8. #8
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    Re: Installing into a SSD

    Dabl and Patb are both right to be advising special steps to be taken when installing in small flash memories where the endurance of the flash memory is not known. (Not advertised).

    I would imagine that the endurance of the EeePC's 4001MB SILICONMOTION SM would be a lot more than the 10000 writes per cell, (the figure that rozojc quoted in Dabl's eeeuser.com web forums link.
    Most flash memory these days has an endurance of between 100000 and 1000000 write-erase-cycles per cell, and of course with 'wear leveling', we're not able to keep on writing the the same cells repeatedly even if we wanted to.
    (Presuming the 4001MB SILICONMOTION SM uses wear leveling. I think it would need to).

    I have been taking a closer look into flash memory wear and I found the following interesting web site, Accurately judging endurance for solid-state storage - EDN, 1/19/2006 - Gary Drossel
    I took the equation found in that web page and made a spreadsheet for it, and it's great fun to play with the numbers in it.


    There were a number of areas of concern cited in the eeeusers.com forum about using a standard Linux installation in the flash memory, and in other websites I researched.

    One worry was the file system journal.
    I tried to find out how much data is written and how often and I've come up with a value of 1 kb of data 60 times per minute, (although I have read in another website that the file system journal is updated only every five seconds).

    Even only a 1 kb write would force the flash memory to re-write an entire cell though, and the size of these cells can vary between brands and types of flash. I picked 128 mb for the size of each cell for use in Gary Drossel equation.

    For system logging in /var/log/messages, I took a look in mine and my system has been up for 8 hours, with 35 messages, forcing a minimum write of 128 mb each time. Let's just say 100 disk writes per 24 hours for a round number okay?

    For firefox, I emptied my firefox cache and visited 12 random websites, (includung a youtube video), and found 48 files, all but three were under 128 mb. I'm counting 52 disk writes for that.
    Okay, let's say we're going to visit 100 websites per day. 55/12 x 100 = 458 disk writes per day.

    I read that Email messages average about 11kb in length. Each one means a 128 kb erase block anyway, so the size doesn't matter. 12 emails per day = 12 disk writes.

    I have no idea how many disc writes 'atime' would be responsible for, but I did find a site which said that in Hardy Heron and later, we use 'relatime', so it might not be important to edit /etc/fstab with 'noatime'.
    I don't know much about blkid.tab and mtab either, but they are also supposed to be responsible for some disc writes.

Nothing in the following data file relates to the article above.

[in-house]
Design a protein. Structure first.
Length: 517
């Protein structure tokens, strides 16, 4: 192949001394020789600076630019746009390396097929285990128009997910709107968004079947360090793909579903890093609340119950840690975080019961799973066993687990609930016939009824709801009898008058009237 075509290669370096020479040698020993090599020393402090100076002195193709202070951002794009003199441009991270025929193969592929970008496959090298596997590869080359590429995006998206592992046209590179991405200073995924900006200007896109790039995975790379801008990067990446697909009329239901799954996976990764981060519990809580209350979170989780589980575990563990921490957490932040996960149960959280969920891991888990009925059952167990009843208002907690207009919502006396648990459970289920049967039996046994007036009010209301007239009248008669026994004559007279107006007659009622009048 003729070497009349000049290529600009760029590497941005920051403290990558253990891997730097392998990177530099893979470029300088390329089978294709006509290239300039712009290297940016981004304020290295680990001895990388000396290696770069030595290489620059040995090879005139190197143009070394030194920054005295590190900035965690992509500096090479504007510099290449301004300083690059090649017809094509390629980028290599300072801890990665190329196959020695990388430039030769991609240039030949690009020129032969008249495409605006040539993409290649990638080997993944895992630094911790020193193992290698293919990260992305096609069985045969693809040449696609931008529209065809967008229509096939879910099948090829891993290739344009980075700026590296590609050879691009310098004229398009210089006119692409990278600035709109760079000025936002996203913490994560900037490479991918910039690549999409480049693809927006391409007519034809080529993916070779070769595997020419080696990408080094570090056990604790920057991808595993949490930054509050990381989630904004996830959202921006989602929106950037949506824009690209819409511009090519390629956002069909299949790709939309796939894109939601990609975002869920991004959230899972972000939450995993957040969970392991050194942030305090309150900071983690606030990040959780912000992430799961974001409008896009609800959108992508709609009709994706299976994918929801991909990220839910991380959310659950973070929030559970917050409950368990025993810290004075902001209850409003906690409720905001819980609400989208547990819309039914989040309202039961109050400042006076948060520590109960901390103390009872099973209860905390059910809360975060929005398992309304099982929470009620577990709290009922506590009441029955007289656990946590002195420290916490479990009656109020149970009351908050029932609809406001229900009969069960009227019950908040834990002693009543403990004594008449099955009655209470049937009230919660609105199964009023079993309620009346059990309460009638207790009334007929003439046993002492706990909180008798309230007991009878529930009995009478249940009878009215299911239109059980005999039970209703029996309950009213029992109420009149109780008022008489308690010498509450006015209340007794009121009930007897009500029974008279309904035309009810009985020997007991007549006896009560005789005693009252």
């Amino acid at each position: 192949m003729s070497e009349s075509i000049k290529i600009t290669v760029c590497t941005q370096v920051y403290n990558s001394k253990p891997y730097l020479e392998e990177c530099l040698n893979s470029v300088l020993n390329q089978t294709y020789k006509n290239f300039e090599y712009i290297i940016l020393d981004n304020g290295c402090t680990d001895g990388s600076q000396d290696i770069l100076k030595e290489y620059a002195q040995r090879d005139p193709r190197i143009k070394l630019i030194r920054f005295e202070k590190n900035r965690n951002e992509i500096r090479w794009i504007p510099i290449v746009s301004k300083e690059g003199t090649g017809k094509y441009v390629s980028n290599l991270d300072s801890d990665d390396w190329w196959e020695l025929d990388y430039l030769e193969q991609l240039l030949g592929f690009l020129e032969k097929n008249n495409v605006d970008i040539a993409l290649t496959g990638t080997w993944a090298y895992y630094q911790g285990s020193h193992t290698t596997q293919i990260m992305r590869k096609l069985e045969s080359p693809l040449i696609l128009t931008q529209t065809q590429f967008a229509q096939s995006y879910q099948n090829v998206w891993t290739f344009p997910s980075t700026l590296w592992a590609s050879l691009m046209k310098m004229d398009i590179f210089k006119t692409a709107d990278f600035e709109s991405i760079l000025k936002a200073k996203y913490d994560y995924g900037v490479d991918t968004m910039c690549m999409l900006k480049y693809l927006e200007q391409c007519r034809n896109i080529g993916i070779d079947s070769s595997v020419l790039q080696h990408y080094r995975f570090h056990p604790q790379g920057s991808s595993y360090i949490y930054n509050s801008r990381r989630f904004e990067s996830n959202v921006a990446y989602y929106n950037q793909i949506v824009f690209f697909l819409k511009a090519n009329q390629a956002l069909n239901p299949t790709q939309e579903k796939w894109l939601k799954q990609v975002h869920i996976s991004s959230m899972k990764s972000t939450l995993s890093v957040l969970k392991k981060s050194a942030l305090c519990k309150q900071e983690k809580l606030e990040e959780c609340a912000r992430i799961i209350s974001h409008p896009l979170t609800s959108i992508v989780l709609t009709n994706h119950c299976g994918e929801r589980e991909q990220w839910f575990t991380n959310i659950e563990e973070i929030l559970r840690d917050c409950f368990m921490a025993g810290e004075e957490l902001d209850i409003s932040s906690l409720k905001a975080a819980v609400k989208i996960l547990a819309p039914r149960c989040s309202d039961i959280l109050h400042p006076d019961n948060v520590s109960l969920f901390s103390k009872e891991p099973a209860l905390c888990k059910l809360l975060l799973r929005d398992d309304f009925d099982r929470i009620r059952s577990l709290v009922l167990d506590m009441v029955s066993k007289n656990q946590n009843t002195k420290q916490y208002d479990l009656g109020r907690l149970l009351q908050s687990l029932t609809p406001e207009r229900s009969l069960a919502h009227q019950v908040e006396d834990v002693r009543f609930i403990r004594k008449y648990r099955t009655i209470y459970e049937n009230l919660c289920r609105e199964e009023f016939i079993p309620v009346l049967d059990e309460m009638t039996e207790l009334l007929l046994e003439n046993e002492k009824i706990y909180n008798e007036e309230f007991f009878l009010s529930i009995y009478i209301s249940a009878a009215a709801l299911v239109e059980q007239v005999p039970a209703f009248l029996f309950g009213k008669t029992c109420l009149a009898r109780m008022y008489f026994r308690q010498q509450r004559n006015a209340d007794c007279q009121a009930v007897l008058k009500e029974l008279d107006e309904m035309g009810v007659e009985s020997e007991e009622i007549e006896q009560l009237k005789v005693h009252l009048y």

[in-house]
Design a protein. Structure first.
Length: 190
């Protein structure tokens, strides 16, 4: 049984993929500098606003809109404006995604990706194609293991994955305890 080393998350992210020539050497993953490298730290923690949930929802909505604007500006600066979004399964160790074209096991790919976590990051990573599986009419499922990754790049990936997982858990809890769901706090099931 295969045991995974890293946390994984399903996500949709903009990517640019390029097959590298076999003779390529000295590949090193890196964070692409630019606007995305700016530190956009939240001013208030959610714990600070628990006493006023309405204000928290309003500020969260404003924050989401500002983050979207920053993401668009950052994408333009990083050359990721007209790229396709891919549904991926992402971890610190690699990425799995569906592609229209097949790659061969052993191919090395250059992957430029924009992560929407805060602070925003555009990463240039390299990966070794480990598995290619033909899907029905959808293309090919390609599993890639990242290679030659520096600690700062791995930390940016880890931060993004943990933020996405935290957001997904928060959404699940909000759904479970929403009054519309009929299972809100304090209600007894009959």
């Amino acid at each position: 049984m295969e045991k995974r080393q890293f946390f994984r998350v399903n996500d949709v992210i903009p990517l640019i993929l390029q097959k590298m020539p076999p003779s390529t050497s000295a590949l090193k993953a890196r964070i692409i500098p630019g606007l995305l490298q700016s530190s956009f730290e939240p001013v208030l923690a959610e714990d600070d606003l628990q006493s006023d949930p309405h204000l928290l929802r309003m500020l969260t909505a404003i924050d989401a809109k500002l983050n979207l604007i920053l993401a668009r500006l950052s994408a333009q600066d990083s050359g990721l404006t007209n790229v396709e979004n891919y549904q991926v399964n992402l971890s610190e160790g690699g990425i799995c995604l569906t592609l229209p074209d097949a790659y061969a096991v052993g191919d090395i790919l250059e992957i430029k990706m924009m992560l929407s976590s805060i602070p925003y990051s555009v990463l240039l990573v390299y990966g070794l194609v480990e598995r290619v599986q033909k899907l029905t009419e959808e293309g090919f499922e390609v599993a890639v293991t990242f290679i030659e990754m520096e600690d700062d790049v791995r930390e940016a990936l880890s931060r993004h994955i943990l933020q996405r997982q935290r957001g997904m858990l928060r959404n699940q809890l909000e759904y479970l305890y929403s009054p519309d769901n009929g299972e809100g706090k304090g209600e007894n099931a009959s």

To convert the all except the file system journaling values from writes per day to writes per minute, they each need to be and divided by 24 and then by 60.

    I really don't know how much the swap area would be worth. That would very a great deal depending on the other hardware and what programs are used and so on. I just picked a random number for that, (well, I took a guess, if anyone has an idea about how to do better could they please let me know). I used .8 kb per minute.
    EDIT: The iostat command should be able to give an idea of how much an operating system writes to the swap area.
    Something like, 'iostat -k -d /dev/sda5 5 100 >> swap-report' should work,
    Code:
    iostat -k -d /dev/sda5 5 100 >> swap-report
    I picked a value of .48 kb per minute for the user's normal work, like saving files, updates and so on.

    WIth those added up, I divided by 8 to convert from kb to mb.
    The end result is, I figure that with a normal installation, we'd be writing an average of around 1.13 mb per minute to the flash.

    Okay, I do realize a few of my figures pretty wild, but I'm doing my best.

    Now, running that through the equation I linked you to earlier, for a 4 GB flash memory, with an endurance of 100000 and 80% full of static data, average 1.13 mb file size, 60 time per minute comes to a predicted life of 2.3 years.

    If we use all the tricks to reduce disk writes, /var/log/messages by eliminating swap, web browser caching, file system journalling, and so on, I make it down from 1.13 mb/min to just 0.06 mb file size, average. The spreadsheet indicates now a predicted lifetime of 43.29 years.

    Now, going back to our worst case scenario, with the 1.13 mb average per minute, for a predicted 2.3 year lifetime for a 4 GB drive, let's see what happens when we change the drive size parameter.
    Entering 120 GB instead of just 4 GB increases the life of the flash to 68.96 years.

    Now, take into consideration that an OCZ flash memory would have an endurance of at least 1000000 rewrites per cell, and we can expect to do our worst to the 120GB OCZ Core Series V2 Solid State Drive for an expected lifetime of around 7 centuries.
    I don't care if my mathematics is a bit rough. You at least get the idea that it will be a long time right?
    Actually, OCZ doesn't advertise the endurance as a number of rewrites per call, they just say,
    Designed for ultimate reliability, Core V2 SSDs have an excellent 1.5 million hour mean time before failure (MTBF)
    That actually only comes to about 171 years of continuous use.